Results

Molecular identification and growth performance

Sequencing of the mitochondrial control region locus inferred that specimens belonged to the Atlantic bluefin tuna, Thunnus thynnus (Linnaeus, 1758) (N = 29), bullet tuna, Auxis rochei (Risso, 1810) (N = 30) and little tunny, Euthynnus alletteratus, Rafinesque, 1810 (N = 28). Namely, phylogenetic reconstruction showed the presence of three distinct clades (Fig 2) corresponding to the presence of these three scombrid species. Thunnus thynnus was presented with 20 haplotypes (GenBank acc. no. KY491009 –KY491028), Auxis rochei with 23 haplotypes (KY446395—KY446417) and Euthynnus alletteratus with 14 haplotypes (KY446418—KY446431).

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Fig 2. Unrooted NJ tree based on the p-distance of the mtDNA control region sequences used.

Bootstrap values are shown along the branch for each clade. Haplotypes (H) of Thunnus thynnus (Tt), Auxis rochei (Ar), Euthynnus alletteratus (Ea) are presented.

https://doi.org/10.1371/journal.pone.0188956.g002

Length frequency distribution of each analysed scombrid species is given in Fig 3. Fork length range of Atlantic bluefin tuna specimens was somewhat narrower (10.8<FL<15.0 cm; mean±SD: 12.7±1.09 cm) than for bullet (13.2<FL<21.8 cm; mean±SD: 16.1±2.27 cm) and little tuna (11.6<FL<18.4 cm; mean±SD: 13.6±1.73 cm). Accordingly, the measurable range and mean total body weight of Atlantic bluefin (16.97<W<53.45 g; mean±SD: 30.74±9.356 g) was lower than for bullet (23.83<W<148.88 g; mean±SD:55.74±31.837 g) and little tuna (12.94<W<93.21 g; mean±SD:35.45±18.465 g).

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Fig 3. Length frequency distribution of Atlantic bluefin tuna, Thunnus thynnus (Linnaeus, 1758), bullet tuna, Auxis rochei (Risso, 1810) and little tunny, Euthynnus alletteratus, Rafinesque, 1810 collected with commercial purse seiners operating in the southeastern Adriatic, September 2011.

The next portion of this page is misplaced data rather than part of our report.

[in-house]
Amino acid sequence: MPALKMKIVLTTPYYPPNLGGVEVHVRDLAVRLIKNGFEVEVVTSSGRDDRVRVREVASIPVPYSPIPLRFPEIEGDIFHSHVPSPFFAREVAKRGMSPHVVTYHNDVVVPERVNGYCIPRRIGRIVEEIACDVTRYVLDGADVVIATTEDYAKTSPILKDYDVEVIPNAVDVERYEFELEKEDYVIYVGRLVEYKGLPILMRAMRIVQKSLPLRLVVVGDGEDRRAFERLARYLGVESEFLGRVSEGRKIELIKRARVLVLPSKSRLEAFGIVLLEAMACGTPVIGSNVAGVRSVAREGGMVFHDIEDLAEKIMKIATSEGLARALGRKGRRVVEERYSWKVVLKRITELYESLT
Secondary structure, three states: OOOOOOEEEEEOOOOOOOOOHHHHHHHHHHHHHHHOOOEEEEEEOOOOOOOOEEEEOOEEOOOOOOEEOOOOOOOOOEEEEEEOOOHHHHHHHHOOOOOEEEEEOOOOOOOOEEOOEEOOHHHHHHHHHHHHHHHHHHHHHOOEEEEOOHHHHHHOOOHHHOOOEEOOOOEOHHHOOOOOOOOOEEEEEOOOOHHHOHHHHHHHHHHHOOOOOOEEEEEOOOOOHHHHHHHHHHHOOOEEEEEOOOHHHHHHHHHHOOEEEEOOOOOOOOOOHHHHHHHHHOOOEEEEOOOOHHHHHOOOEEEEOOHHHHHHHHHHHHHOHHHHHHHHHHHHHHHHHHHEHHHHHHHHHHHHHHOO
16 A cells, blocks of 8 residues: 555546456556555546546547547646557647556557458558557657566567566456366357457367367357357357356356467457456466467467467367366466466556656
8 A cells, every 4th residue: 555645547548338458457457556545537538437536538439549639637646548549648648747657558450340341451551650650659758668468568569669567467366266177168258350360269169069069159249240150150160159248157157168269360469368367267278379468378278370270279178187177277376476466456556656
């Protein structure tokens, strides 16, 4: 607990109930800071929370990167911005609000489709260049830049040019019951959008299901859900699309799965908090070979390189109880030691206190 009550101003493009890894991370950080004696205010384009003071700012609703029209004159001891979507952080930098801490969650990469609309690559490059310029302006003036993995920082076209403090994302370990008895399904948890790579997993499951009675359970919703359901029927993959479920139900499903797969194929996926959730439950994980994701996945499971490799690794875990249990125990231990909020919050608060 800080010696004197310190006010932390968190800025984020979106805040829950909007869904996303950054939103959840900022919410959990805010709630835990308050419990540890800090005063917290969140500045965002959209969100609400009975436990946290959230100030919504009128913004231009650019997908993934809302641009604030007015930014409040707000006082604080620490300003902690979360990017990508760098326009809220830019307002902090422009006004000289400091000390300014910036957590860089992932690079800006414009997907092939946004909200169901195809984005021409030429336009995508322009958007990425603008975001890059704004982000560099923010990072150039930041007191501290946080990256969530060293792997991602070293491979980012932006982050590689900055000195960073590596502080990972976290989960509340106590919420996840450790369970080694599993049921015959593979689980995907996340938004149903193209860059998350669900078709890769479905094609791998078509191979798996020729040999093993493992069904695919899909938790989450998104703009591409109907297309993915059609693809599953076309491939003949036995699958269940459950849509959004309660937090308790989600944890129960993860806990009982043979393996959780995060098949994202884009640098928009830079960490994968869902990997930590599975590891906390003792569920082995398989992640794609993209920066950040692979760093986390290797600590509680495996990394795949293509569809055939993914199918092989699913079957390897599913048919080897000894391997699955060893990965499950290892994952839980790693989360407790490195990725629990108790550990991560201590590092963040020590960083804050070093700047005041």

https://doi.org/10.1371/journal.pone.0188956.g003

Conversions between total (TL) and fork (FL) length and the length-weight relationship for each studied species are given in Table 2. All obtained length–length regressions and length-weight relationships were statistically significant (P < 0.001) with high values of the correlation coefficient (0.967 ≤ r ≤ 0.999). Statistically significant positive allometric growth was established for all three species (Atlantic bluefin tuna: t-test = 241.6, df = 28, P<0.0001; bullet tuna: t-test = 82.7, df = 27, P<0.0001; little tunny: t-test = 88.6, df = 29, P<0.0001).

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Table 2. The length–length (between total (TL) and fork (FL) length) and length-weight (fork length (FL)–total body weight (W)) relationships separately given for each scombrid species, Adriatic Sea, September 2011.

https://doi.org/10.1371/journal.pone.0188956.t002

According to previously published growth parameters, the age of each scombrid species was estimated (S1 Fig). In general, the overall scombrid age range was between 14.8 (bullet tuna FL = 13.2 cm) and 45.9 (Atlantic bluefin tuna FL = 15 cm) days, while the average age of all studied specimens was 29.5±7.02 days.

Meteorological and oceanographic conditions